There is something powerful about the simplest of sentences. “I very much wanted a gesture of kindness to be passed to people coming to our city,” she says. This was distilled into welcome packs. It was expressed through words from locals, with Selina asking people to write a letter to someone coming to the city. These passed on tips but most importantly carried a central message. It was: “Please understand there is someone in the city who cares for you.”

Other organisations charged with helping refugees appreciated the packs. The refugees bathed in the warm welcome and learned from the practical advice.

“But the response from Glasgow grew into so much more,” says Selina. “I hadn’t worked in the asylum system and I had no idea of the numbers we would be dealing with. But within a few months we recognised we were averaging 80-100 welcome packs a month. It then became 120 month. It was 207 last month.”

Refuweegee had to be responsive, too. "It grew though social media with us saying to people in Glasgow we can all do something small to make a big difference in someone’s life,” she says. “But we were largely cashless in the beginning, we didn’t even have a bank account. People would offer us money and we would tell them to buy toothpaste, toys, whatever and drop them off.”

The specific needs change daily. “We have to be able to react. There may be 20 mothers with children coming or it might be 15 young lads. We have to adapt to that,” she says.

The organisation is funded though community projects, donations and directs grants but Selina says: “We are incredibly selective about who we work with. We don’t want to get bigger. We have trust and faith in Glasgow to keep it moving so we can focus on doing a good job.”

And what is that good job? “Be kind in kind. Buy us a toy, shampoo, a jacket. Send your good wishes. Be welcoming,” she says.

The immediate future is bright in terms of help. Celtic FC Foundation is adding its considerable muscle. “They have been phenomenal,” she says of the association with the foundation. “They come up with tickets to games, they had a massive donation drive at a match and they continue to help. They get it, they completely and utterly get it. We will be one of the beneficiaries of their Christmas appeal and that helps us enormously. The foundation has worked with charities for years and they understand where the effort and the money needs to go and it is not about box-ticking but getting the help to the people who need it.”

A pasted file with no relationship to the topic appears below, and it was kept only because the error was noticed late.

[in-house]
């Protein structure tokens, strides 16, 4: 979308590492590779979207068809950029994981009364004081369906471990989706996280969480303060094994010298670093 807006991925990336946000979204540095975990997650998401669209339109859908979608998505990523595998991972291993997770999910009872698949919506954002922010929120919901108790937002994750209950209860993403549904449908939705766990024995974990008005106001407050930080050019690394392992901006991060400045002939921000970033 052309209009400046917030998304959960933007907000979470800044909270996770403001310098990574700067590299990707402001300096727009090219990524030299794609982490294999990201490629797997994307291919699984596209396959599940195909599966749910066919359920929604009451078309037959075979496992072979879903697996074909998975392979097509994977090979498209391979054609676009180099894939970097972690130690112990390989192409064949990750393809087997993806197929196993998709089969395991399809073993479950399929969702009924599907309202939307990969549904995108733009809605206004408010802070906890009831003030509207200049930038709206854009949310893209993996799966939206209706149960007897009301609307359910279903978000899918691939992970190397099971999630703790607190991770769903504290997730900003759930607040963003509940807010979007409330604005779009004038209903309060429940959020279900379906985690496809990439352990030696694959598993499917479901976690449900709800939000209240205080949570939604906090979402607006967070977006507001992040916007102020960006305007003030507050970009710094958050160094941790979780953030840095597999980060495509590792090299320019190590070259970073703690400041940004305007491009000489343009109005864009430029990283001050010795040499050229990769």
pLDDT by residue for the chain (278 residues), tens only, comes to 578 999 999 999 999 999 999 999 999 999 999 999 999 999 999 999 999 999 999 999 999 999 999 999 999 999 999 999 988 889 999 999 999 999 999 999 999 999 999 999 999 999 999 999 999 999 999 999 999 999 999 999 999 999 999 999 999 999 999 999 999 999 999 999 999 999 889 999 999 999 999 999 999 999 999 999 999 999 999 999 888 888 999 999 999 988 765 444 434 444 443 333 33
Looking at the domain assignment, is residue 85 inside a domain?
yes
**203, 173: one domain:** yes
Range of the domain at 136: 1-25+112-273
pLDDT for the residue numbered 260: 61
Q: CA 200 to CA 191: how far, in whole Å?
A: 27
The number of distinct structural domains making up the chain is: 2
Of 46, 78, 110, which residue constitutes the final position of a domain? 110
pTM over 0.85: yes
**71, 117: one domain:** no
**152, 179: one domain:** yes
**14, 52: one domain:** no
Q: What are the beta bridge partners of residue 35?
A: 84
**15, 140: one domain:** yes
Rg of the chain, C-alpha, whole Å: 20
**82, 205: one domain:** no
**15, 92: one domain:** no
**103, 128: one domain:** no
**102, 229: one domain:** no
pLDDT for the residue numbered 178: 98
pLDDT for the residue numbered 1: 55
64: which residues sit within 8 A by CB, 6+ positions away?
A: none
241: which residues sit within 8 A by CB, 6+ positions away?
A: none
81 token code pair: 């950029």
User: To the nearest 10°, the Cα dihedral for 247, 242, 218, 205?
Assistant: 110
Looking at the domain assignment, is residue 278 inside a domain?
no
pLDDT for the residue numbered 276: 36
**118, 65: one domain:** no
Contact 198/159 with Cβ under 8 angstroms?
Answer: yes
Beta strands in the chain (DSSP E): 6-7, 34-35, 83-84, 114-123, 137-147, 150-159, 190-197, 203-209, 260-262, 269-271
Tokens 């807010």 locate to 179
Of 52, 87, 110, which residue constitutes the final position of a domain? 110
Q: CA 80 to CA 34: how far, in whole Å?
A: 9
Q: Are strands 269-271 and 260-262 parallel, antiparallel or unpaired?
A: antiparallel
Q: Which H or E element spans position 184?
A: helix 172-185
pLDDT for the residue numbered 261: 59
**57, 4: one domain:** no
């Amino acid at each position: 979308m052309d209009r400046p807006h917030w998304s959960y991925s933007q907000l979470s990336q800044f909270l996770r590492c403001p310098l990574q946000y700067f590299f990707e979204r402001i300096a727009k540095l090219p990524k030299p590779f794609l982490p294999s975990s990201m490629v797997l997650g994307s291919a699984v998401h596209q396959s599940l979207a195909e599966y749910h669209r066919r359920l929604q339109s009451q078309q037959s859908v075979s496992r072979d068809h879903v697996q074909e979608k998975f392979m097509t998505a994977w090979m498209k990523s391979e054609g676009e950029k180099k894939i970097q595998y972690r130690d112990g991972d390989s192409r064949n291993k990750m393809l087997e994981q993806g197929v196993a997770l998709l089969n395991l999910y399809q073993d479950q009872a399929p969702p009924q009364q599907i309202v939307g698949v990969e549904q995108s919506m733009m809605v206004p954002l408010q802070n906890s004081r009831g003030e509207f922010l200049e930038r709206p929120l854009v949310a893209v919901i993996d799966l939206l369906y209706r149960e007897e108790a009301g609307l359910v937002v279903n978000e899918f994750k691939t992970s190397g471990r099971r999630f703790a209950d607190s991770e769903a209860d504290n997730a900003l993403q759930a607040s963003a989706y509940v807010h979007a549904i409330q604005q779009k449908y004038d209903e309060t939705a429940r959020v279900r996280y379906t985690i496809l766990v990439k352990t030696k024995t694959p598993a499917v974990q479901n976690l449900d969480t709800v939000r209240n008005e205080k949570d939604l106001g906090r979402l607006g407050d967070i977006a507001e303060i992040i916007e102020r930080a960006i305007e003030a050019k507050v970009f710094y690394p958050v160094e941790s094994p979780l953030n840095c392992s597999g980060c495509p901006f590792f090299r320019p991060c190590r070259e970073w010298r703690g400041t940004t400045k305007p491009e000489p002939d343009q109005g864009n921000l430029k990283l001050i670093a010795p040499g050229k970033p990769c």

There is, of course, another powerful element to Refuweegee. People who have been helped want to help others. “It’s a lovely circle,” says Selina.

It is one that has been joined by Inaam. “I feel grateful,” she says. “The doctor helped me a lot. More than I can say. I feel people welcome me here. My daughter is treated like everybody else. I feel happy, so safe. So I like to tell other refugees that it can be okay.”

Inaam speaks French, Arabic and English. She has already been the interpreter for those from Sudan, Iran and Syria who cannot speak English. She wants to take these skills into a new life where she also hopes to work in the media. She is in college now but hopes to move on to university. Her past is humbling but so is her gratitude and her ambition to make the best of every opportunity.

But she is keen to emphasise her first debt. “I would give my life to them,” she says of Refuweegee.

“I would do anything. I would like to help people. I talk to other refugees. I would like to tell them this can be the beginning of something new. I feel happy when I am helping. I see the tears of gratitude and know that was and is me.”

Both Refuweegee and Inaam are consumed by the present. The demands, the opportunities, the changing circumstances leave little time for mapping a precise future. Inaam craves education, then work but adds: “I see in my life Glasgow.”

And what does a Muslim refugee from Algeria think of a Glesca Christmas? “It is the best season ever for me. I will celebrate with others,” she says.

Outside a city bustles and trembles with all the benign symptoms of festive fever. Inaam looks out and accepts her blessing.

“It’s a miracle. I feel like a queen.”